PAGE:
This is a far cry from the old intelligence work that looked at enemy tank divisions and infantry formation.
IDF planners believe that any future conflict with a hybrid, terror-guerrilla military force will consist of five stages. An “opening picture” — that surprise blow intended to shock Israelis — will mark the start of hostilities, in which Israel must deny the adversary its “winning picture.” This will be followed by an exchange of firepower. After a few days, Israel would need to call up reserves, and then launch a ground offensive. Throughout this period, the Israeli home front would absorb heavy rocket fire, while the Israel Air Force would pound enemy targets. The IAF could fire thousands of precision-guided munitions every 24 hours, if it deploys its firepower to the maximum, as it would in an all-out clash with Hezbollah.
Israeli air defense systems like Iron Dome could soften the blow to the homefront significantly, but this is truer with respect to Gazan rockets than against the downpour of Hezbollah rockets and missiles, which would overwhelm air defenses.
The ground offensive must destroy “70 to 75 percent of [enemy] capabilities,” the source said. “If there are 100 missiles and two operatives on the other side, and you kill the operatives, than the missiles become irrelevant.”
The last phase is the end stage, and it is unlikely that an entity like Hamas or Hezbollah would wave a white flag when hostilities conclude, even if most of their capabilities have been destroyed.
The era of clear-cut military victories, like Israel experienced in the 1967 Six Day War, is gone, the source said.
With this reality in view, the IDF’s steps to adapt itself to modern threats include the ability to gather huge quantities of intelligence and deliver them, in real-time, to the forces that need them most in the battlefield, right down to the level of a battalion commander.
This requirement includes establishing an “operational Internet,” an internal IDF network that allows battalion commanders to access Military Intelligence target data in their area, and direct their units accordingly.
It would also allow field commanders to communicate directly with a fighter jet pilot or drone operator, or even a missile ship commander, for the type of cross-forces cooperation the IDF thinks will be most effective in shutting down threats.
As a result, the IDF’s C4i Branch has spent recent years overcoming many hurdles and objections and integrating the command and control networks of the air force, navy, and ground forces. It then directly linked them up to Military Intelligence.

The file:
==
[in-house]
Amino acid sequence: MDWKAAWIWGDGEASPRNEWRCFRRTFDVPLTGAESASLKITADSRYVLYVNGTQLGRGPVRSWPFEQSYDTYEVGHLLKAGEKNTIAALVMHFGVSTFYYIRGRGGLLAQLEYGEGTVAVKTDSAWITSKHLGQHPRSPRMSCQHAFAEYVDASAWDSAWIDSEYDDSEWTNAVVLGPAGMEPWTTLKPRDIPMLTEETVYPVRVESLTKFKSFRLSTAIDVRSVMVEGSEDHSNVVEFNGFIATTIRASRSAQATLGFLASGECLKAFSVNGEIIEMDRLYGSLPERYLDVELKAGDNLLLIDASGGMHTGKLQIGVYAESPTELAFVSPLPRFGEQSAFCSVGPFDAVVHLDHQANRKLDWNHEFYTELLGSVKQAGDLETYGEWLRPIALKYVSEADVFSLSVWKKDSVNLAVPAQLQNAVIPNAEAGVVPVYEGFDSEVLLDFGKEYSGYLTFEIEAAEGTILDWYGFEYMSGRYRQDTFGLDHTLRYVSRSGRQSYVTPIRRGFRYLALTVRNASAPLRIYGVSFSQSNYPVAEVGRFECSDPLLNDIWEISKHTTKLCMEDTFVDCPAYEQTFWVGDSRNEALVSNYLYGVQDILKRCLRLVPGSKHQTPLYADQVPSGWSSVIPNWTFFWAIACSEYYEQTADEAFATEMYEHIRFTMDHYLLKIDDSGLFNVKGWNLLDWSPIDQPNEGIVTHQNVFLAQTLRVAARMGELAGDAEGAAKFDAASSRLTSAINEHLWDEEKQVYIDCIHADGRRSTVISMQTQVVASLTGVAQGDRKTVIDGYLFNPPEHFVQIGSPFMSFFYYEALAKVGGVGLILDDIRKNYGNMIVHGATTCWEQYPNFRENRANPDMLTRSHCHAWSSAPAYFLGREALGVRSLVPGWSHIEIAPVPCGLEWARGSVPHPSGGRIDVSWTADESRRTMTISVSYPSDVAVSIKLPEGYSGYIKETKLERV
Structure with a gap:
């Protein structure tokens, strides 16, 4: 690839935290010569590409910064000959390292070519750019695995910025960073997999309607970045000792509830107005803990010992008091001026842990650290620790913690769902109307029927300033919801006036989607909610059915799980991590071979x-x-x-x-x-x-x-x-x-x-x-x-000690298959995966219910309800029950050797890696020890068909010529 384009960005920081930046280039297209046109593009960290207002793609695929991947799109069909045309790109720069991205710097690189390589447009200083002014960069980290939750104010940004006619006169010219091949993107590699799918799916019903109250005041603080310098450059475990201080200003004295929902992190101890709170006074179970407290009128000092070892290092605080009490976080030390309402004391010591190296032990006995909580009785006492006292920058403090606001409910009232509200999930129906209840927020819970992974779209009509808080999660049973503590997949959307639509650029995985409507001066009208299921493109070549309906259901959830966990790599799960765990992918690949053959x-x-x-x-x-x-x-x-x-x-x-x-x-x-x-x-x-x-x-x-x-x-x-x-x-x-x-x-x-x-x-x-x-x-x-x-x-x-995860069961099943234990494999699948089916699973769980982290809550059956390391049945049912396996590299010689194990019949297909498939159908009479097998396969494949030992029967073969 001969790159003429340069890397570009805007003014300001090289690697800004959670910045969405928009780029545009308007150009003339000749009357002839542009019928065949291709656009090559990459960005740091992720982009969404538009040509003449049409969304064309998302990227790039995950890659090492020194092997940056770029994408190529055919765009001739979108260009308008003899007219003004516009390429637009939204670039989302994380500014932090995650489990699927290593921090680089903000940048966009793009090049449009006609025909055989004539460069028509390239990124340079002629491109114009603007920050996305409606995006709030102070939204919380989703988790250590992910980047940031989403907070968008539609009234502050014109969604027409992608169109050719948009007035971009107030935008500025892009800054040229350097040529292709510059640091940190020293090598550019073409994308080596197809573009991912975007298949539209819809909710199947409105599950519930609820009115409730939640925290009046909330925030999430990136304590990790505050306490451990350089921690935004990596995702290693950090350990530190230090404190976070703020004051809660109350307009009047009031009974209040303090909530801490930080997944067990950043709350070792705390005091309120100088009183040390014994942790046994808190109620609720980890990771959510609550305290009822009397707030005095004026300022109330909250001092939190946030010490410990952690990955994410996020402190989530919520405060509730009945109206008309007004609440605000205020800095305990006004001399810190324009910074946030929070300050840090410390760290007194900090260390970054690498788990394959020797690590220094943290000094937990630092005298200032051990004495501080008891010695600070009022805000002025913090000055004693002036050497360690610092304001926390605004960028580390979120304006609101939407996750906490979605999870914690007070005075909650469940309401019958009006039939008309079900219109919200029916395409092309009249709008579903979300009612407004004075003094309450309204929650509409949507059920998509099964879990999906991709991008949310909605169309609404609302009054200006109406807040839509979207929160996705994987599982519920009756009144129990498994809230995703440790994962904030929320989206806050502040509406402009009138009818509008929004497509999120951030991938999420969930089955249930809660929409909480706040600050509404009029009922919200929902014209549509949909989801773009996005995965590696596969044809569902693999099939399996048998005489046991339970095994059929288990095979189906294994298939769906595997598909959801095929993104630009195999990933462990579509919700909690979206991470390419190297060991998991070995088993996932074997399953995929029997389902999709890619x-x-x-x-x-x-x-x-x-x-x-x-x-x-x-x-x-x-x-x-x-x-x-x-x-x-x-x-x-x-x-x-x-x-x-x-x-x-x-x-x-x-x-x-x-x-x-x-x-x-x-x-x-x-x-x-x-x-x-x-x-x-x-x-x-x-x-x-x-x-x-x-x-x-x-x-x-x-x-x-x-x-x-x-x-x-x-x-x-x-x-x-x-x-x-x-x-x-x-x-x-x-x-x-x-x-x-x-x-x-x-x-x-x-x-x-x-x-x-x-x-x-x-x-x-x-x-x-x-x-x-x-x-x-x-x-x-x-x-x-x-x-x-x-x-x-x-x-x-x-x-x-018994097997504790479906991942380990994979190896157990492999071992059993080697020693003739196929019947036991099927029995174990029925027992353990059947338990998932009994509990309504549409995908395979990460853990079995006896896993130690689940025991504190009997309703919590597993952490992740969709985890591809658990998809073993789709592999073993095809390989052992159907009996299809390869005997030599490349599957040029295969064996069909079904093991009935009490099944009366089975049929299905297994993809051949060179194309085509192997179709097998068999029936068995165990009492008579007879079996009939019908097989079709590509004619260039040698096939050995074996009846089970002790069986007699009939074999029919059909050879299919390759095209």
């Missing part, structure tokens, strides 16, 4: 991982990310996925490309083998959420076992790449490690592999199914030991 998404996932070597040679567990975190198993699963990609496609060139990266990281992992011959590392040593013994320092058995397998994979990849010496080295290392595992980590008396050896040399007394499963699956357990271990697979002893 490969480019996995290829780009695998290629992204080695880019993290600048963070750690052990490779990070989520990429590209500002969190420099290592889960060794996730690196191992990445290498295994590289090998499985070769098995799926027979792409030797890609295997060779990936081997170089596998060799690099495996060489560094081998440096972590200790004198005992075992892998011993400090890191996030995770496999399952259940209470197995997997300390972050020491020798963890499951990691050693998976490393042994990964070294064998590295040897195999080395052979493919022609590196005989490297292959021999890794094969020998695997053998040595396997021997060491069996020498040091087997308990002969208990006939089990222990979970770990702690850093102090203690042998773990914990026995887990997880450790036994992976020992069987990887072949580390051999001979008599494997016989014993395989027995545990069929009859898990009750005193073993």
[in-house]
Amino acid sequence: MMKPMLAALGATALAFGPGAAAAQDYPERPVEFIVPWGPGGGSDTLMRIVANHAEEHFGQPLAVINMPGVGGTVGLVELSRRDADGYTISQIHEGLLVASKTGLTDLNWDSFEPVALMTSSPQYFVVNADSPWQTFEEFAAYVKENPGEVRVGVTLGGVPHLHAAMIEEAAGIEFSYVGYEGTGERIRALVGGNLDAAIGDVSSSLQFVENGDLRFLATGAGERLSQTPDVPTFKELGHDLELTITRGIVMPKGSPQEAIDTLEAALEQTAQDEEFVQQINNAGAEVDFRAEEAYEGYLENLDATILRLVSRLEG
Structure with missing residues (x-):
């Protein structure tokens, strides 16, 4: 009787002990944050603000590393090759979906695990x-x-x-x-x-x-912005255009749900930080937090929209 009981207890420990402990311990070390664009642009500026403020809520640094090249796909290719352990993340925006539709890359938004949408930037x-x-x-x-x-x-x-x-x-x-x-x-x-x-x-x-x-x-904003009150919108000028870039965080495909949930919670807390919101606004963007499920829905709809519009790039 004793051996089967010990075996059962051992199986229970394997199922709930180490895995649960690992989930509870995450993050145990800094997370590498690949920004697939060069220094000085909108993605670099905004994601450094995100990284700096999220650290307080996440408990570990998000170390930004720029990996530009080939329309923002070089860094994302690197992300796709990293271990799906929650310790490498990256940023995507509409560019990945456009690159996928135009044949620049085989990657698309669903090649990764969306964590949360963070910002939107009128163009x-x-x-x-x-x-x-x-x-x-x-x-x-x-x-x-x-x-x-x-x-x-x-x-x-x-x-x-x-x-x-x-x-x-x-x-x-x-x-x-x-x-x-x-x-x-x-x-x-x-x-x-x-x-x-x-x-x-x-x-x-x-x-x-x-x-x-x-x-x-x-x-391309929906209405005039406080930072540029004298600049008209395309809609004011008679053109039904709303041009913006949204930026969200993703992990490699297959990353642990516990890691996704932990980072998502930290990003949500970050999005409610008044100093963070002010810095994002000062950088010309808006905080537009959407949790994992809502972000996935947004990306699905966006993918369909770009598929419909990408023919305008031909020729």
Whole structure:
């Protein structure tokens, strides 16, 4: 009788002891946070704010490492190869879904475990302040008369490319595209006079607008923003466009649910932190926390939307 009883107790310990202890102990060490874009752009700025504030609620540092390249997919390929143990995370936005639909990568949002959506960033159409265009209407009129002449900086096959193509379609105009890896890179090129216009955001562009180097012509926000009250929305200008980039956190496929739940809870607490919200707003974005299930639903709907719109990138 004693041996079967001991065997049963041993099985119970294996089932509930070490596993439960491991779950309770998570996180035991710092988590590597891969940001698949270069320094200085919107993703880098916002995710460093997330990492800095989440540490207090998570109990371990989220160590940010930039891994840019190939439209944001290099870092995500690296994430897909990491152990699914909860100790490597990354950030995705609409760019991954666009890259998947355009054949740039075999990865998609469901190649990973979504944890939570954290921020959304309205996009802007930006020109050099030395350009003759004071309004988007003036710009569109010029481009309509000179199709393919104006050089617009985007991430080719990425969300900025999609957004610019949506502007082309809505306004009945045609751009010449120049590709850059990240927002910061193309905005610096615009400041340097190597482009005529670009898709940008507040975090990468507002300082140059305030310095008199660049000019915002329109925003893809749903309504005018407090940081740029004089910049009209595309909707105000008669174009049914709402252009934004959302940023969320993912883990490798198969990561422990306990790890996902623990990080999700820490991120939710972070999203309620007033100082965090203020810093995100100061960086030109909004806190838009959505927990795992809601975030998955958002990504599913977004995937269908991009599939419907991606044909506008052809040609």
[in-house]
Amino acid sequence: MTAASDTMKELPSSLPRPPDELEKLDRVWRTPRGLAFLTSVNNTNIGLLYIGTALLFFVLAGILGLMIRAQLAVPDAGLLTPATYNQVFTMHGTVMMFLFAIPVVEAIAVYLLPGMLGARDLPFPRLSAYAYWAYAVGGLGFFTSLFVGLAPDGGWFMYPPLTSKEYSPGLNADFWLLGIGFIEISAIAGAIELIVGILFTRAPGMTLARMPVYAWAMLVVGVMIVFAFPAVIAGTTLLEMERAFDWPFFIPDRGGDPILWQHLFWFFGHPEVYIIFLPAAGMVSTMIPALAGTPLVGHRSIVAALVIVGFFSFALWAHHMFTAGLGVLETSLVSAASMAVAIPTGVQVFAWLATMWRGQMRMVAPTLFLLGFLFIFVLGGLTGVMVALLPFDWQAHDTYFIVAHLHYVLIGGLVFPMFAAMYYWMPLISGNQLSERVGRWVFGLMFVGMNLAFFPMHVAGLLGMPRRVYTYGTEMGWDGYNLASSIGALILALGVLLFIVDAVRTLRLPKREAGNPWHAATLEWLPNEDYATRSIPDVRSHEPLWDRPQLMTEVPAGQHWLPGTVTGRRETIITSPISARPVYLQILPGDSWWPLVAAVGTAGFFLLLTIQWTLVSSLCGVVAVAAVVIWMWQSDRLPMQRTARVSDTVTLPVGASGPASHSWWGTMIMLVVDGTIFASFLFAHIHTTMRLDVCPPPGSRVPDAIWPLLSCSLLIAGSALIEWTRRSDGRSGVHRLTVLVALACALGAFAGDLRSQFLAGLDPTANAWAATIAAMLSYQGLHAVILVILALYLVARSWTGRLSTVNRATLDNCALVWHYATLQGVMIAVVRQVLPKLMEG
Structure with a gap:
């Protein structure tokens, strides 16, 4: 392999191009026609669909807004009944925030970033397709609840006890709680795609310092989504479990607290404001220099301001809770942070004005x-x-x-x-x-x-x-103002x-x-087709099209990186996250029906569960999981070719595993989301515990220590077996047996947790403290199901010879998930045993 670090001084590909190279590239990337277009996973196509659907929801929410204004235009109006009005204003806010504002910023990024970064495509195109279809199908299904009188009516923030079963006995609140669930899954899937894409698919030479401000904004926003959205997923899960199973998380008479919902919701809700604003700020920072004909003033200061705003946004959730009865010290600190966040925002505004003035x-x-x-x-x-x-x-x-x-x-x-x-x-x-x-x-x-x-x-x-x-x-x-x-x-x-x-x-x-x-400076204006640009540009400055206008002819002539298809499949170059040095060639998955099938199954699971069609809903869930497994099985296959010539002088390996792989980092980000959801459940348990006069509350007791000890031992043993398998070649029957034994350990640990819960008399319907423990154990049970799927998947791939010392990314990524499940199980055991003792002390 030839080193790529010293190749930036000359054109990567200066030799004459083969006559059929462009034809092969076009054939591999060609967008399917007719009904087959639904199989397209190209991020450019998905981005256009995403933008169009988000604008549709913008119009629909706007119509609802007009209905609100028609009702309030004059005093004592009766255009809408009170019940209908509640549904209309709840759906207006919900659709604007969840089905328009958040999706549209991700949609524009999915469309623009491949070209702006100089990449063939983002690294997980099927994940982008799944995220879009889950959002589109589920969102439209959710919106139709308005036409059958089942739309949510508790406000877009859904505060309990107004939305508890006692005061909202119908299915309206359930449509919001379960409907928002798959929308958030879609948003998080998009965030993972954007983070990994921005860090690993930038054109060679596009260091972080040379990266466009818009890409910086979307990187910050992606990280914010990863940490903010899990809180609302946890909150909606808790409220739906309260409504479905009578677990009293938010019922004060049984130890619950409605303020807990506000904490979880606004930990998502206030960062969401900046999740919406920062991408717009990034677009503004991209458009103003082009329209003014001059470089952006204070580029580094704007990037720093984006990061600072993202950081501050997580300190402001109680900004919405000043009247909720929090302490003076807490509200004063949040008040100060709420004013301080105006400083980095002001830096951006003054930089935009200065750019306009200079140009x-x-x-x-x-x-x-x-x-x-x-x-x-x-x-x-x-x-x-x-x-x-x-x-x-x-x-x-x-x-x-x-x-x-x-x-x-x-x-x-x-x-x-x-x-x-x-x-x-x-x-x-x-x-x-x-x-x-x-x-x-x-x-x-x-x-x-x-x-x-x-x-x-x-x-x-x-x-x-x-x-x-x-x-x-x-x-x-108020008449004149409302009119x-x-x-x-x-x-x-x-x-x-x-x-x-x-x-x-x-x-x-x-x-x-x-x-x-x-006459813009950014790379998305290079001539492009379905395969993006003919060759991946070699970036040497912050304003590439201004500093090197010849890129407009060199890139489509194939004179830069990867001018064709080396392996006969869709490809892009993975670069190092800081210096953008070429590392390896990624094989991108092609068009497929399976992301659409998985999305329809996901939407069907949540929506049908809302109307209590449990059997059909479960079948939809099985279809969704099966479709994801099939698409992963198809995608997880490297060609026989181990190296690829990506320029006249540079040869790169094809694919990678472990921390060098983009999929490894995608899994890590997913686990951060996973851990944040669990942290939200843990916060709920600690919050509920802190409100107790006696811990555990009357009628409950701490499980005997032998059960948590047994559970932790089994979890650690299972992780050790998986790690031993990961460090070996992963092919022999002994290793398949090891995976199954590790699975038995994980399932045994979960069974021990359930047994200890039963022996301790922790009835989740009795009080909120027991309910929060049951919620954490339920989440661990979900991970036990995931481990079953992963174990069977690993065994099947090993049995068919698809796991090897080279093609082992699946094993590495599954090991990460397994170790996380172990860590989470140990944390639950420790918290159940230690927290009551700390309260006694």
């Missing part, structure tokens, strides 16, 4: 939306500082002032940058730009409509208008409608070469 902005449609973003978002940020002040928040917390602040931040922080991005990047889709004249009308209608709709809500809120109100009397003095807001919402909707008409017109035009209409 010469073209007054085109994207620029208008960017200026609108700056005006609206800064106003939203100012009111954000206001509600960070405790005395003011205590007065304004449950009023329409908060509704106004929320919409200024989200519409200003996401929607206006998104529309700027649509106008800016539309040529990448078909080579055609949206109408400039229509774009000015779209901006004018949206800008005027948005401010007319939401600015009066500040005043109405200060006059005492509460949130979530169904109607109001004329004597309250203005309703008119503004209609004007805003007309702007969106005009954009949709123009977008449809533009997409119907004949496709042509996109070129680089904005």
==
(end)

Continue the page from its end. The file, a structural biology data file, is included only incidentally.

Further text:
By the end of this year, the first IDF division will have a “military Internet” network, complete with applications and browsers, up and running.
“I don’t want a squad commander walking around with a screen in his hand. He has to be aware of his soldiers. [But] the battalion commander should certainly have this,” the source said.
In 2014, the IDF did not do a good enough job in detecting, in real-time, the location of Hamas rocket launches in Gaza. It got away with this failure because of the effectiveness of the Iron Dome anti-rocket batteries. But against Hezbollah’s much larger arsenal, no amount of air defenses will be sufficient, and the IDF therefore is working on improving its rocket detection and accurate return fire abilities.
“In the next stage [of our development], if you detect the rocket launch areas and the centers of activity of the enemy, and transmit them [to your own forces], you can learn the enemy’s patterns better,” the officer said.
Knowing the enemy has never been more important for Israel’s ability to defend itself against the jihadist entities that are replacing states in the Middle East. As these radical Islamist organizations prepare for the day of battle, Israel does the same, through updating its old 20th century battle doctrines and bringing them up to speed with its rapidly changing and chaotic environment.
Yaakov Lappin is the Jerusalem Post’s military and national security affairs correspondent, and author ofThe Virtual Caliphate (Potomac Books), which proposes that jihadis on the internet have established a virtual Islamist state.